Mum is definitely slowing down, and it’s the physical stuff I notice the most. When she first moved to the rest home, Mum could walk confidently almost anywhere. She puttered around by herself down to the shops, off to the library and around the block for regular walks. Now, outside of her room, she can barely manage a few steps without reaching for the support of my arm. The woman who took up yoga in her fifties and practiced it religiously every day for twenty years now has the flexibility and spring of an abandoned sofa. Speaking of which, getting off the sofa is now a major operation, too. Mum counts, “One, two, three!” and I haul her up with both hands.

Suddenly, Mum seems to have lost all traces of aerobic fitness. A short stroll from my place to the corner store now seems like a half marathon. Mum stops after a few dozen steps to lean on a fence or admire some tiny flower. “How much further?” she asks. “I don't think I can go on.”

I’m a bit mystified by all this, because there’s so much happening. Some of it is obviously mental, while other parts are clearly physical. Over the past few years, Mum’s developed rheumatism in her knee. Medication lessens the pain, but the stiffness persists. The combination of the two has caused Mum to stop walking, which has seriously affected her physical fitness.

Then there’s the unsteadiness. My mother, who used to be quick, nimble and gardening-fit, is now positively tottery. Her shoes of choice are no longer sensible ones—“old lady” slingbacks with nylon socks and slippery heels. For some reason, she’s losing the sensation in her feet and, with it, her balance.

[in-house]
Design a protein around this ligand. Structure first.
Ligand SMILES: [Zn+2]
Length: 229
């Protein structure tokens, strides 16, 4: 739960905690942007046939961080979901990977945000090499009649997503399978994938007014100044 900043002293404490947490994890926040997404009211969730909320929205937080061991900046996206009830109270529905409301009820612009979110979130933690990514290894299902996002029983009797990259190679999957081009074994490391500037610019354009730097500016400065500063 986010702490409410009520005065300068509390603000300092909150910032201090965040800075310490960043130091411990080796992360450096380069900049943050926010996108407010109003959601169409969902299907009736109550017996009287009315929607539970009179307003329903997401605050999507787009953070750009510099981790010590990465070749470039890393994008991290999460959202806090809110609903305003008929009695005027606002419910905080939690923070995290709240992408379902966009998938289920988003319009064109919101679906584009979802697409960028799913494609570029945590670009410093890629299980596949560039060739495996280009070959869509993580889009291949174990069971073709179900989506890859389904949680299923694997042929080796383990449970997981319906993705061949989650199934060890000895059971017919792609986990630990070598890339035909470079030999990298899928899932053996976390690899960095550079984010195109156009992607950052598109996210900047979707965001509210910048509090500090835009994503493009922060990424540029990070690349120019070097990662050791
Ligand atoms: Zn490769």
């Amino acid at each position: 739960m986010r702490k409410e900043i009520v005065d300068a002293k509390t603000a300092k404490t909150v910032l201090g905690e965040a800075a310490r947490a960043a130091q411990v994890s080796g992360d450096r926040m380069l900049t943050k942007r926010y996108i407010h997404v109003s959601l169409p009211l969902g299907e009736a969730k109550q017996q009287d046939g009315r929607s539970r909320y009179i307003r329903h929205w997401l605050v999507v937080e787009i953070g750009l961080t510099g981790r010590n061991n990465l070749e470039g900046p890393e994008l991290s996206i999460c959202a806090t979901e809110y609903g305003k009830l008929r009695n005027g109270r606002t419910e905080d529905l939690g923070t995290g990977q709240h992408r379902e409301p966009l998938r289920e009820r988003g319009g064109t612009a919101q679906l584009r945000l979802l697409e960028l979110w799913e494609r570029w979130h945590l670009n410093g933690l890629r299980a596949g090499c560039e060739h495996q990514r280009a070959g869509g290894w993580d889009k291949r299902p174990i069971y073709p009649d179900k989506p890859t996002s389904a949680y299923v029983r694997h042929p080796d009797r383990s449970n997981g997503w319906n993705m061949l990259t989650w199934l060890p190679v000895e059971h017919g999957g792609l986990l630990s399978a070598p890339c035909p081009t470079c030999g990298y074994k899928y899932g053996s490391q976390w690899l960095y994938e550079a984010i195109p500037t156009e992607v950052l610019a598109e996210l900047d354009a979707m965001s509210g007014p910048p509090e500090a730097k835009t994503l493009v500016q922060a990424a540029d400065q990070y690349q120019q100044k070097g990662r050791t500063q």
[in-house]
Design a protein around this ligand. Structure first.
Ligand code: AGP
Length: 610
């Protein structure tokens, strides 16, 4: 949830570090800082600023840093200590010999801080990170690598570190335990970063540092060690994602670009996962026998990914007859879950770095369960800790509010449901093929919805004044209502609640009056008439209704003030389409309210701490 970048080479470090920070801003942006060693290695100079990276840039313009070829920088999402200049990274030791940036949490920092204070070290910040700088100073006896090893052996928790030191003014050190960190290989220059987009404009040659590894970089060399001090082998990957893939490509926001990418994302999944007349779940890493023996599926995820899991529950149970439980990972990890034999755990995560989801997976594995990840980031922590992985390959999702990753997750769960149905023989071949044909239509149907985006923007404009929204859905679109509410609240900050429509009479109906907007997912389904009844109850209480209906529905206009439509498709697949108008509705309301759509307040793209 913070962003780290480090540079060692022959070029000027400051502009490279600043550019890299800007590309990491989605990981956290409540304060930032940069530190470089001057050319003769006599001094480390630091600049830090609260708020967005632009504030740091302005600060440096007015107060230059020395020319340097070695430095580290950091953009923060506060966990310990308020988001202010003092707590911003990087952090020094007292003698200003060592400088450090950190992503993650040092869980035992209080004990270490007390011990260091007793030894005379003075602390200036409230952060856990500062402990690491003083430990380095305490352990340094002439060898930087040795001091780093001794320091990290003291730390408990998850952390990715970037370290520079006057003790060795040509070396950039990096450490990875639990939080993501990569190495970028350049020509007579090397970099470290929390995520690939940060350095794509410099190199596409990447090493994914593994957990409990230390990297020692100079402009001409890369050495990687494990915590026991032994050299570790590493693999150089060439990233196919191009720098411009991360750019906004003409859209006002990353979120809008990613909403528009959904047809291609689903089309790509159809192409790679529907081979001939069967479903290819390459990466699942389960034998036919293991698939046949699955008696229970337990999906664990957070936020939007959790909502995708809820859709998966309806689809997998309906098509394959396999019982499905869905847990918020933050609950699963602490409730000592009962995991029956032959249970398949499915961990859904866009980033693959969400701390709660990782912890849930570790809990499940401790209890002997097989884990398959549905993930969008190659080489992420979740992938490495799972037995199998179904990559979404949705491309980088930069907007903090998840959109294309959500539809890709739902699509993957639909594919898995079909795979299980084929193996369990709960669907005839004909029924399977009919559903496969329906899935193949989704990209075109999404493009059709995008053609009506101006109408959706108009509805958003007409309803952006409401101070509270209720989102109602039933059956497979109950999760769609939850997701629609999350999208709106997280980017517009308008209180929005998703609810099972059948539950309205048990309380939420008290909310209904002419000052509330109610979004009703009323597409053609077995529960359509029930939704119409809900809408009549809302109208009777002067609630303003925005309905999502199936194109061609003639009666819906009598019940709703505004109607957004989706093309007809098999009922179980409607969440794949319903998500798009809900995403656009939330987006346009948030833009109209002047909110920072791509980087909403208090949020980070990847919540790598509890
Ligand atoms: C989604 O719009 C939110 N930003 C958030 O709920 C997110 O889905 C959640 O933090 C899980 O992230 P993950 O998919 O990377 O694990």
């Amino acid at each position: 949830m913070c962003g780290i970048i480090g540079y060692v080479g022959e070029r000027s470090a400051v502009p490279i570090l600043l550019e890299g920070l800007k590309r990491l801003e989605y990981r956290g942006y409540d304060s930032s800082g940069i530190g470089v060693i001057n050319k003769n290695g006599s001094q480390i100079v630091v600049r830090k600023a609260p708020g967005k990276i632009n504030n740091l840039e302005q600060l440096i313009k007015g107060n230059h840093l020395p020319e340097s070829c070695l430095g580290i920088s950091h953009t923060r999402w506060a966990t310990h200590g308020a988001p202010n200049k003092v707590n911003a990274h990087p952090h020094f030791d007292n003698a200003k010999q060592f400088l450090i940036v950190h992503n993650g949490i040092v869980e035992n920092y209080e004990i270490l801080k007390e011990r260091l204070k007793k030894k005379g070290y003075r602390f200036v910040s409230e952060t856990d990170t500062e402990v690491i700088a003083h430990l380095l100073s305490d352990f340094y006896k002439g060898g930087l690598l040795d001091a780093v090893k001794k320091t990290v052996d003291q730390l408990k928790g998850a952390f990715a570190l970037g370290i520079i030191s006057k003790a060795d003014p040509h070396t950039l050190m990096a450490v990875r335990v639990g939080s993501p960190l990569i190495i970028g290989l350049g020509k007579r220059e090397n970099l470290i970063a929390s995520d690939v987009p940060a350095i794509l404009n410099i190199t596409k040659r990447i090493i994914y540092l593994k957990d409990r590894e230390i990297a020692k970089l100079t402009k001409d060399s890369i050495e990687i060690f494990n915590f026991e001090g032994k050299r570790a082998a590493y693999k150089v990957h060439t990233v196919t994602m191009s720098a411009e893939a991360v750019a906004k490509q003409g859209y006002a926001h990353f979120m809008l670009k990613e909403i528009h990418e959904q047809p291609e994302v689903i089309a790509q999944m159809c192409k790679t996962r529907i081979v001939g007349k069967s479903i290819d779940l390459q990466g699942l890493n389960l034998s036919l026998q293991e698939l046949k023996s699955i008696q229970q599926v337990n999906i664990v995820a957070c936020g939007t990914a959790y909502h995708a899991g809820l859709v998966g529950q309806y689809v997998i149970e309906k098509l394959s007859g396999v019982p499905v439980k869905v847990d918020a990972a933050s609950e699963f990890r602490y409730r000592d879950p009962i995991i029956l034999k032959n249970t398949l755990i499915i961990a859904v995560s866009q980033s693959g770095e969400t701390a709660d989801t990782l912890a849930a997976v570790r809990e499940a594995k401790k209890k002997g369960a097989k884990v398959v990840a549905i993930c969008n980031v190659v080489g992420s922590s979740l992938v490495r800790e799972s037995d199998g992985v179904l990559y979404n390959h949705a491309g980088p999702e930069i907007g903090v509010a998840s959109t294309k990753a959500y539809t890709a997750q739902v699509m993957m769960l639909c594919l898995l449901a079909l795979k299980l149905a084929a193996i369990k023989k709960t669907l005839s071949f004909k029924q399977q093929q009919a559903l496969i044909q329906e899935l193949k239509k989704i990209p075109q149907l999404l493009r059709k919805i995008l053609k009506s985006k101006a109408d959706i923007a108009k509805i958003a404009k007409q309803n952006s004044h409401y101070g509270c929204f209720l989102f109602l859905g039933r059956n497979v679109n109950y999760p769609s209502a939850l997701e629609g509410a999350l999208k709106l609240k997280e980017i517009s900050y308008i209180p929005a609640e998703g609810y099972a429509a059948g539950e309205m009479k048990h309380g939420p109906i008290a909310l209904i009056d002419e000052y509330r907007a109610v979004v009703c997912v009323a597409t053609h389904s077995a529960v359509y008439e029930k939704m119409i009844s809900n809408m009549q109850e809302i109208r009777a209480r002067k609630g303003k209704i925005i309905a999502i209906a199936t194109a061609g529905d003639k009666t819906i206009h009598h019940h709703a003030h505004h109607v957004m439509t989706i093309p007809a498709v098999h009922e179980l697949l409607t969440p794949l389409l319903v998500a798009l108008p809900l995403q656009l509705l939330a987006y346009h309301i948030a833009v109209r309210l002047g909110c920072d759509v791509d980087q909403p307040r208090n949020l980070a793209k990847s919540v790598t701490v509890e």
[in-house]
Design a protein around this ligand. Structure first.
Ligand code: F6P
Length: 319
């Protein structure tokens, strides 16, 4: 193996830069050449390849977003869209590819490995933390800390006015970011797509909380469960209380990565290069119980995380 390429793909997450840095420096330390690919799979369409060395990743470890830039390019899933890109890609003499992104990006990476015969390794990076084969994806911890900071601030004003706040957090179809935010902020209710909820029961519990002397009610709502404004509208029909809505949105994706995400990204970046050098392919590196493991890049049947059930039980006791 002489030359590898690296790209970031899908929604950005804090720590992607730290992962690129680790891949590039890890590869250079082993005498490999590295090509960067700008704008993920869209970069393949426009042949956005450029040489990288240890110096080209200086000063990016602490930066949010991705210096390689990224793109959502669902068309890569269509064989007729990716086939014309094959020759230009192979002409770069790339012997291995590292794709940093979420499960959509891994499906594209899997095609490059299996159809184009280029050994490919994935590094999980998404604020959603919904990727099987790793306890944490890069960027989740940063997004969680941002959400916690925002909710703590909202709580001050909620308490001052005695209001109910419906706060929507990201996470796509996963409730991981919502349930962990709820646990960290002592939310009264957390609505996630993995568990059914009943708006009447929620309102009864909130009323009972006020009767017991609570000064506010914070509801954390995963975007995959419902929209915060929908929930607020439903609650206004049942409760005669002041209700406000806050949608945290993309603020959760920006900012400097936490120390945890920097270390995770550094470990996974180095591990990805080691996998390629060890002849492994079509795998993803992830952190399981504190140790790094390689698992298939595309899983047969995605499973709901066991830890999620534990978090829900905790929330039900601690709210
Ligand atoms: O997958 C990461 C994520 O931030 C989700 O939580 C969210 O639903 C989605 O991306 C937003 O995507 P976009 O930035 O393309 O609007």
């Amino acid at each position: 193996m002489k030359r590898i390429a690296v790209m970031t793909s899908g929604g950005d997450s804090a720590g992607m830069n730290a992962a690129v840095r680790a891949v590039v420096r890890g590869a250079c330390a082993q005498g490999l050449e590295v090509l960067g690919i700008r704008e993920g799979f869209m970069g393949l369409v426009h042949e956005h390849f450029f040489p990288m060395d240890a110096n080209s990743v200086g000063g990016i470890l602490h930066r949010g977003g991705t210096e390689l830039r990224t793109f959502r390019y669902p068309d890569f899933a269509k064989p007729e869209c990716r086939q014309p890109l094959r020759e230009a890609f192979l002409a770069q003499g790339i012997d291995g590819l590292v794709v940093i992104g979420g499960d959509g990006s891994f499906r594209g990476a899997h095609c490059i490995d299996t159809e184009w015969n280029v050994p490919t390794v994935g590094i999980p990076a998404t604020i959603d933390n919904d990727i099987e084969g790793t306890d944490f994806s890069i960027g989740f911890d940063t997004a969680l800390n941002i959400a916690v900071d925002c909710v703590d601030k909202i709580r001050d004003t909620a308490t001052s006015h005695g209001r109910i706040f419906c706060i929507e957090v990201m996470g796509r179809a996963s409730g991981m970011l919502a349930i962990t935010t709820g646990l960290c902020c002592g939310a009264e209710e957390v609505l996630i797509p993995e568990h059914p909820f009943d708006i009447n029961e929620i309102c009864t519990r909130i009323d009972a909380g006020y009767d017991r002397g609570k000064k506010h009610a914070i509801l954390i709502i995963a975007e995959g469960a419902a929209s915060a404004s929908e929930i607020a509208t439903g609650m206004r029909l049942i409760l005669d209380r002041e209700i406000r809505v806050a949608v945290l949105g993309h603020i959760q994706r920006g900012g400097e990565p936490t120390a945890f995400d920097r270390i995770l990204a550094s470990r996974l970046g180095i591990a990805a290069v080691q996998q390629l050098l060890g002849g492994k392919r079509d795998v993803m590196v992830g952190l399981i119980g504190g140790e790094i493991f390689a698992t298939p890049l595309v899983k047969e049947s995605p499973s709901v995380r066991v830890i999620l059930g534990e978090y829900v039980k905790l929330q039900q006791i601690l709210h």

It’s a vicious circle that's spiraling downwards.

According to the research, physical exercise helps people who are living with dementia. A lot. An elevated heart rate increases blood flow to the brain, which minimizes cognitive symptoms and improves mood. Certainly some mood-enhancing activities wouldn't go amiss.

But life in a rest home doesn't encourage physical activity. There are trips out in the rest home van, but residents’ rooms are vacuumed and their beds made by staff. Meanwhile, residents spend long periods sitting and lying down.

When Mum phones me at work, bored and lonely, I used to suggest she went for a walk. These days Mum tells me she has no one to go with. It’s true. Without someone alongside to motivate and support her, Mum probably wouldn’t make it out the gate.

For Mum, her lack of fitness and energy is the thing she’s hating the most. So, I’m trying something new.

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Every Saturday I swap her slingbacks for a pair of sneakers. Whatever we do now includes a fifteen minute walk. It’s compulsory.

These days I’m mostly working from home, so I’ve started taking breaks during the week to walk with Mum as well. Five minutes to drive to the rest home, five minutes to get her ready, then a 15-minute walk. I’m back at my desk in under an hour.

The process is interesting for both of us. At the start we feel lazy and unmotivated. Mum’s knee hurts, she’s tired and the weather’s not the best. “It’s a bit inclement,” mutters Mum as we set off. We walk a bit further and things improve. Mum’s knee is starting to loosen up, our bodies are getting pleasantly warm and our feet have found a slow rhythm.

“There’s nothing like a walk,” said Mum the other day, as we made our way back down the hill to the rest home. “It makes you feel like you've achieved something.”

Hallelujah to that.